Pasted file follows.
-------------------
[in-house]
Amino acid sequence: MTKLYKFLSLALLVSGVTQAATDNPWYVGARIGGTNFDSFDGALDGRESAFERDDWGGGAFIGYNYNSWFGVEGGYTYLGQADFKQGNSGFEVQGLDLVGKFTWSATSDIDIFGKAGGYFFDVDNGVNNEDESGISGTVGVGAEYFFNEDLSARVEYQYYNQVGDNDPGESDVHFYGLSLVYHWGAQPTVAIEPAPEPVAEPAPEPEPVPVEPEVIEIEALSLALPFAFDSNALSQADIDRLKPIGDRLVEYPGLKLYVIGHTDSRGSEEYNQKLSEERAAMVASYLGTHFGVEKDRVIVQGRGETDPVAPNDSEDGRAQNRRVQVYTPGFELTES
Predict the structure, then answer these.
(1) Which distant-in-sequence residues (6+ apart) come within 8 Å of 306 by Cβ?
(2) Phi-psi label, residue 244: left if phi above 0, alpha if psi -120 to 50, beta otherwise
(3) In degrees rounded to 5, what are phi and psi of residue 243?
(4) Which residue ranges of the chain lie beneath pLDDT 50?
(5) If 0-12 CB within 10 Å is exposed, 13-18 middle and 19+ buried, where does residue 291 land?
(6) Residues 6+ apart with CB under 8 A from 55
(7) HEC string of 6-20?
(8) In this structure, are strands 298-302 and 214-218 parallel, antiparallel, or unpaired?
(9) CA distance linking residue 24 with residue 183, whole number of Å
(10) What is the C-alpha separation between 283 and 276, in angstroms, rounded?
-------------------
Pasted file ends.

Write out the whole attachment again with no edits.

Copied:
[in-house]
Amino acid sequence: MTKLYKFLSLALLVSGVTQAATDNPWYVGARIGGTNFDSFDGALDGRESAFERDDWGGGAFIGYNYNSWFGVEGGYTYLGQADFKQGNSGFEVQGLDLVGKFTWSATSDIDIFGKAGGYFFDVDNGVNNEDESGISGTVGVGAEYFFNEDLSARVEYQYYNQVGDNDPGESDVHFYGLSLVYHWGAQPTVAIEPAPEPVAEPAPEPEPVPVEPEVIEIEALSLALPFAFDSNALSQADIDRLKPIGDRLVEYPGLKLYVIGHTDSRGSEEYNQKLSEERAAMVASYLGTHFGVEKDRVIVQGRGETDPVAPNDSEDGRAQNRRVQVYTPGFELTES
Predict the structure, then answer these.
(1) Which distant-in-sequence residues (6+ apart) come within 8 Å of 306 by Cβ?
(2) Phi-psi label, residue 244: left if phi above 0, alpha if psi -120 to 50, beta otherwise
(3) In degrees rounded to 5, what are phi and psi of residue 243?
(4) Which residue ranges of the chain lie beneath pLDDT 50?
(5) If 0-12 CB within 10 Å is exposed, 13-18 middle and 19+ buried, where does residue 291 land?
(6) Residues 6+ apart with CB under 8 A from 55
(7) HEC string of 6-20?
(8) In this structure, are strands 298-302 and 214-218 parallel, antiparallel, or unpaired?
(9) CA distance linking residue 24 with residue 183, whole number of Å
(10) What is the C-alpha separation between 283 and 276, in angstroms, rounded?